Magnetic reconnection has remained a bit of a mystery to scientists. They know it exists and have documented the effects that the energy explosions can...

Im Focus: A Chip with Blood Vessels

Biochips have been developed at TU Wien (Vienna), on which tissue can be produced and examined. This allows supplying the tissue with different substances in a very controlled way.

Cultivating human cells in the Petri dish is not a big challenge today. Producing artificial tissue, however, permeated by fine blood vessels, is a much more...

Im Focus: A Leap Into Quantum Technology

Faster and secure data communication: This is the goal of a new joint project involving physicists from the University of Würzburg. The German Federal Ministry of Education and Research funds the project with 14.8 million euro.

In our digital world data security and secure communication are becoming more and more important. Quantum communication is a promising approach to achieve...

Im Focus: Research icebreaker Polarstern begins the Antarctic season

What does it look like below the ice shelf of the calved massive iceberg A68?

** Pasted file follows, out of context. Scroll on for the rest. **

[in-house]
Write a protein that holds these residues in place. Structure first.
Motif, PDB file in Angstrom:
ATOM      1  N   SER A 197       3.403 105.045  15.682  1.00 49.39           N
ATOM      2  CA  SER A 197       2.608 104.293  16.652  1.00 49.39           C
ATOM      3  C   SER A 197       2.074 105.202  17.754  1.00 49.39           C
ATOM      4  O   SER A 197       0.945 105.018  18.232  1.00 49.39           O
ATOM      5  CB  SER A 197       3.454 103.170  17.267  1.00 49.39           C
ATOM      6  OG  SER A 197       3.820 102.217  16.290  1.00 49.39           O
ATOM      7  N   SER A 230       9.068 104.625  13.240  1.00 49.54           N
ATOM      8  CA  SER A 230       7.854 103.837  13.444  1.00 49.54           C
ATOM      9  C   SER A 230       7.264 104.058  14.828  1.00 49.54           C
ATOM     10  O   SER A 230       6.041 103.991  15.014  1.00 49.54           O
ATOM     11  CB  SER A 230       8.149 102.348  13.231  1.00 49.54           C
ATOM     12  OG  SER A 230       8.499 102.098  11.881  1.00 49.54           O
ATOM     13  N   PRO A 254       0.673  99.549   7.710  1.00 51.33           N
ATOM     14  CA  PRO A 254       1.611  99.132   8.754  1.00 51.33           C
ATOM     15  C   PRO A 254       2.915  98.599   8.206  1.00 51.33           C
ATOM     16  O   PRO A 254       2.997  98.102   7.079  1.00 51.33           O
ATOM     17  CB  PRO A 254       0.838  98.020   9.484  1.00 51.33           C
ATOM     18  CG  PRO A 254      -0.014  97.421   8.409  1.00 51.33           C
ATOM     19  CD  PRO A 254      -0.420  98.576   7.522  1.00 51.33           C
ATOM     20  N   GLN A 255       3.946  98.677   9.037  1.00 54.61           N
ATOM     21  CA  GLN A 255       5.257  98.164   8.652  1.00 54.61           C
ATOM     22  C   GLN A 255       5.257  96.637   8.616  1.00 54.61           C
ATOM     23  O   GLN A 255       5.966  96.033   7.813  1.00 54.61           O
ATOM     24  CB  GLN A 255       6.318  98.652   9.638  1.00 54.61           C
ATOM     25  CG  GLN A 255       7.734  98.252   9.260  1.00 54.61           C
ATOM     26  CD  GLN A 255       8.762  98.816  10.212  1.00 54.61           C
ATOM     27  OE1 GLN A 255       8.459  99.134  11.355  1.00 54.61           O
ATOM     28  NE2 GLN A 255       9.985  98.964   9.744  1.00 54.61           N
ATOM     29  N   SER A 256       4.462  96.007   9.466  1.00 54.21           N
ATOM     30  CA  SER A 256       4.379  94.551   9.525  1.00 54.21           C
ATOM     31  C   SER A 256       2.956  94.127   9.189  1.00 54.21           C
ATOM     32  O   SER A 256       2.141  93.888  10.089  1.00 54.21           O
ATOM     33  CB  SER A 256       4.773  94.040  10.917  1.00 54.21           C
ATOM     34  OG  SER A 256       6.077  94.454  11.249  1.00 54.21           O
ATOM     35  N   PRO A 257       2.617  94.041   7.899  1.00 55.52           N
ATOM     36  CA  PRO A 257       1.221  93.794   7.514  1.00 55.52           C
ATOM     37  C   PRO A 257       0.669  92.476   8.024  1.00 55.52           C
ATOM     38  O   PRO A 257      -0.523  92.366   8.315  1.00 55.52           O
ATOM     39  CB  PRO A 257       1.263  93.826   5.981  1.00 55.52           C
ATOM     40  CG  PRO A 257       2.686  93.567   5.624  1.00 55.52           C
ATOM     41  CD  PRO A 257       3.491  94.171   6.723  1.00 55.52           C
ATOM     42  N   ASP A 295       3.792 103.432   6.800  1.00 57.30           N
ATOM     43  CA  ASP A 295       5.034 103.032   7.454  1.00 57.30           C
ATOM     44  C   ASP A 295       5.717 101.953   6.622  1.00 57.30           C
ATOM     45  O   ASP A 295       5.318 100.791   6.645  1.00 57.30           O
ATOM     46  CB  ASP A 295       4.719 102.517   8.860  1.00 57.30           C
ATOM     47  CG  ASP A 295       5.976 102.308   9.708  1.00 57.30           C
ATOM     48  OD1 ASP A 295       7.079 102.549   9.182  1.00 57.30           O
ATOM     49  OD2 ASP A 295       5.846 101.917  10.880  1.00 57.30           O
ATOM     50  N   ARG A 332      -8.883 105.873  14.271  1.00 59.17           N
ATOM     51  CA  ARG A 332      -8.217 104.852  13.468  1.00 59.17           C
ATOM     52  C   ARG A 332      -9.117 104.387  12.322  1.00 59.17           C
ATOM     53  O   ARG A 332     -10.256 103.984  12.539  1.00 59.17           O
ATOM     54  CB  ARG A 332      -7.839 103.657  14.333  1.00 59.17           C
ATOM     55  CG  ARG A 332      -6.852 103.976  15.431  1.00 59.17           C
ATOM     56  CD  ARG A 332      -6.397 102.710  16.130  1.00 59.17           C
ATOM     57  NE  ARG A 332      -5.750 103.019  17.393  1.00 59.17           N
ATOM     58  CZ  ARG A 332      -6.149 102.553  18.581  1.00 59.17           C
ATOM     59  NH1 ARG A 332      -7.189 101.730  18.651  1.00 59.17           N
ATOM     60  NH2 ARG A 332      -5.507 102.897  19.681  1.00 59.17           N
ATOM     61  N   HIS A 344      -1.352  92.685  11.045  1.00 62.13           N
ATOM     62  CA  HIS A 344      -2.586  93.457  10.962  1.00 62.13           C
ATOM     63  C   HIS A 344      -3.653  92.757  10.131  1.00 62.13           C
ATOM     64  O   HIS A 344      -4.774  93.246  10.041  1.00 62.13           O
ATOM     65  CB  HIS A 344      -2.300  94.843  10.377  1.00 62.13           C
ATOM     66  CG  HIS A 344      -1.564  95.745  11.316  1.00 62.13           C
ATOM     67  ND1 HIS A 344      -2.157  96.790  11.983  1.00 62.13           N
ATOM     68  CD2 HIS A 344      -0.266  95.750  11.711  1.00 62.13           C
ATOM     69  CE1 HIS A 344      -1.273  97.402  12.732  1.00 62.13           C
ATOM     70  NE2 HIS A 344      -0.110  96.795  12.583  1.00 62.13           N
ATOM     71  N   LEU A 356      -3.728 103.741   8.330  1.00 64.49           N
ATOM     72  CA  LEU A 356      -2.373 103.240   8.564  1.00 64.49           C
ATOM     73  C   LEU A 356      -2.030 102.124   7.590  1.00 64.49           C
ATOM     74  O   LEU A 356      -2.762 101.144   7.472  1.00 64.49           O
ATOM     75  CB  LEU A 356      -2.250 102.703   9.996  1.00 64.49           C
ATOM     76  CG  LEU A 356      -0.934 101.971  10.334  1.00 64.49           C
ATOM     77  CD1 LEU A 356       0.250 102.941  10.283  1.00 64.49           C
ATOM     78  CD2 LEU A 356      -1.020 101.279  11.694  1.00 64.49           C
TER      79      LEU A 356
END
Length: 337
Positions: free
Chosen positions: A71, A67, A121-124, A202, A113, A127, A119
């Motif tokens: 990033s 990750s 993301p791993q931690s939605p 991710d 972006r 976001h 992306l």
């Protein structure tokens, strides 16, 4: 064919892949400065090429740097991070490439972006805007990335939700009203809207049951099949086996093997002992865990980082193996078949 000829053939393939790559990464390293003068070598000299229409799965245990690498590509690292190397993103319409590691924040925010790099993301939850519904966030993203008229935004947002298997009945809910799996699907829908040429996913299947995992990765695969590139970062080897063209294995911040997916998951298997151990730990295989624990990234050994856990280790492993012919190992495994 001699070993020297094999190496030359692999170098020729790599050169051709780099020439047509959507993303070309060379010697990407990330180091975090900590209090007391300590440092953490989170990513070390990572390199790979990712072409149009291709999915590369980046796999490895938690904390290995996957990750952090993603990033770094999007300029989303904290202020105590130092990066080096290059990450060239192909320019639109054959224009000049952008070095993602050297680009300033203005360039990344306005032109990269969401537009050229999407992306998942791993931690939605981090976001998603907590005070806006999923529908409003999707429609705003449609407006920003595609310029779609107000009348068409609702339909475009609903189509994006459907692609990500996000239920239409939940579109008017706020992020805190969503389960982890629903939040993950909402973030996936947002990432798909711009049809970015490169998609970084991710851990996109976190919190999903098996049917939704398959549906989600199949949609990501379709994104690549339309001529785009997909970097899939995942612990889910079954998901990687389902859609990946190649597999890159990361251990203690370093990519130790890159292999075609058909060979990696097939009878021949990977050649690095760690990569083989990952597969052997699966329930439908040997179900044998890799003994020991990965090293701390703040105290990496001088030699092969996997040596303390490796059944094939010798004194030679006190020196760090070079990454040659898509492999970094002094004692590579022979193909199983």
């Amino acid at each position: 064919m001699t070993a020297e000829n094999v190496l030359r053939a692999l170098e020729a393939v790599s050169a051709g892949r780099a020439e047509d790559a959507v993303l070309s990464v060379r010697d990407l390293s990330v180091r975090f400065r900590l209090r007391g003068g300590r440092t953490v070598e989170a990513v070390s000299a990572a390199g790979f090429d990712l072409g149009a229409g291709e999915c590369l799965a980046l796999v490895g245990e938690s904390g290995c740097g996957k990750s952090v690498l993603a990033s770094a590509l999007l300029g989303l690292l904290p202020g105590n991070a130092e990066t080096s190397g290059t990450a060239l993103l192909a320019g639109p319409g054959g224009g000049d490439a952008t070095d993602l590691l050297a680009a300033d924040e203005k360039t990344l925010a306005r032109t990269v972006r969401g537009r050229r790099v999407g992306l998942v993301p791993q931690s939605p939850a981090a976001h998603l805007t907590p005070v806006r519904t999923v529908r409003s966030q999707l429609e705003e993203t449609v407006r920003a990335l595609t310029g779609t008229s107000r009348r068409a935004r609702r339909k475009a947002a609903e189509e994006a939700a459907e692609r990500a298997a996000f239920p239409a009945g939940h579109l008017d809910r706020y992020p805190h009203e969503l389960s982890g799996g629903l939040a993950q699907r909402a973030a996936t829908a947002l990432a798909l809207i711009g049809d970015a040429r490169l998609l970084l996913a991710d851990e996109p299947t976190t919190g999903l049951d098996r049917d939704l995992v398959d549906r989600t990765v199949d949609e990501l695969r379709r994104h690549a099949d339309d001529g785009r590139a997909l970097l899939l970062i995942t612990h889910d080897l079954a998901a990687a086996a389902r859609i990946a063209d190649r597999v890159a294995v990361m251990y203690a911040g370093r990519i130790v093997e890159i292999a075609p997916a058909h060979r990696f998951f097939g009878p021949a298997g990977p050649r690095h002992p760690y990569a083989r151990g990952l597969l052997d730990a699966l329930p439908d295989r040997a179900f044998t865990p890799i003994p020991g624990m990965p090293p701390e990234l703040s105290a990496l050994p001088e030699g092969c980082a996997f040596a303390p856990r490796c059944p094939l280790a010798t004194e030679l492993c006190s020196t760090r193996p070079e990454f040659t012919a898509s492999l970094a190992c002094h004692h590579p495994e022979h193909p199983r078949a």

On Saturday, 10 November 2018, the research icebreaker Polarstern will leave its homeport of Bremerhaven, bound for Cape Town, South Africa.

Im Focus: Penn engineers develop ultrathin, ultralight 'nanocardboard'

When choosing materials to make something, trade-offs need to be made between a host of properties, such as thickness, stiffness and weight. Depending on the application in question, finding just the right balance is the difference between success and failure

Now, a team of Penn Engineers has demonstrated a new material they call "nanocardboard," an ultrathin equivalent of corrugated paper cardboard. A square...

All Focus news of the innovation-report >>>

Anzeige

Anzeige

VideoLinks
Industry & Economy
Event News

“3rd Conference on Laser Polishing – LaP 2018” Attracts International Experts and Users

09.11.2018 | Event News

On the brain’s ability to find the right direction

06.11.2018 | Event News

European Space Talks: Weltraumschrott – eine Gefahr für die Gesellschaft?

23.10.2018 | Event News

 
Latest News

Purdue cancer identity technology makes it easier to find a tumor's 'address'

16.11.2018 | Health and Medicine

Good preparation is half the digestion

16.11.2018 | Life Sciences

Microscope measures muscle weakness

16.11.2018 | Life Sciences

VideoLinks
Science & Research
Overview of more VideoLinks >>>